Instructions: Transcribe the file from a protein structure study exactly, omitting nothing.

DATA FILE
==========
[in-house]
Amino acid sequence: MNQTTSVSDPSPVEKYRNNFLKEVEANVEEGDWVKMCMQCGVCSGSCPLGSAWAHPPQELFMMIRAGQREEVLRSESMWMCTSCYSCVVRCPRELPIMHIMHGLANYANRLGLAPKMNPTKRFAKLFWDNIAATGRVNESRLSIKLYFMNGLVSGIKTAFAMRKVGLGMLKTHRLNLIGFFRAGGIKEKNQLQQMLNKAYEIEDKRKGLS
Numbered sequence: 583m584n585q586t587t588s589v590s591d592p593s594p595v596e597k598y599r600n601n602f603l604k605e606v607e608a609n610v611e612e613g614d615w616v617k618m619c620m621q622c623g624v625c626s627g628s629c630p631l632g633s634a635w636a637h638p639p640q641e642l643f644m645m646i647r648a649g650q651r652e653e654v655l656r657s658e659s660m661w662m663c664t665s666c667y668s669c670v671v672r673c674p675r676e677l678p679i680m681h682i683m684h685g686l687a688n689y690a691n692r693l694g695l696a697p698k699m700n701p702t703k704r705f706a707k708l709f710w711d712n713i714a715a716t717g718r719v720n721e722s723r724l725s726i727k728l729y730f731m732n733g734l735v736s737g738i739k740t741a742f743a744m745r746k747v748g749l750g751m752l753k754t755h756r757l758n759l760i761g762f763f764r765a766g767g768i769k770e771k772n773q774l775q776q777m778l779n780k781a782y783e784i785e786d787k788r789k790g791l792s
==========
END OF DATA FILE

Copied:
[in-house]
Amino acid sequence: MNQTTSVSDPSPVEKYRNNFLKEVEANVEEGDWVKMCMQCGVCSGSCPLGSAWAHPPQELFMMIRAGQREEVLRSESMWMCTSCYSCVVRCPRELPIMHIMHGLANYANRLGLAPKMNPTKRFAKLFWDNIAATGRVNESRLSIKLYFMNGLVSGIKTAFAMRKVGLGMLKTHRLNLIGFFRAGGIKEKNQLQQMLNKAYEIEDKRKGLS
Numbered sequence: 583m584n585q586t587t588s589v590s591d592p593s594p595v596e597k598y599r600n601n602f603l604k605e606v607e608a609n610v611e612e613g614d615w616v617k618m619c620m621q622c623g624v625c626s627g628s629c630p631l632g633s634a635w636a637h638p639p640q641e642l643f644m645m646i647r648a649g650q651r652e653e654v655l656r657s658e659s660m661w662m663c664t665s666c667y668s669c670v671v672r673c674p675r676e677l678p679i680m681h682i683m684h685g686l687a688n689y690a691n692r693l694g695l696a697p698k699m700n701p702t703k704r705f706a707k708l709f710w711d712n713i714a715a716t717g718r719v720n721e722s723r724l725s726i727k728l729y730f731m732n733g734l735v736s737g738i739k740t741a742f743a744m745r746k747v748g749l750g751m752l753k754t755h756r757l758n759l760i761g762f763f764r765a766g767g768i769k770e771k772n773q774l775q776q777m778l779n780k781a782y783e784i785e786d787k788r789k790g791l792s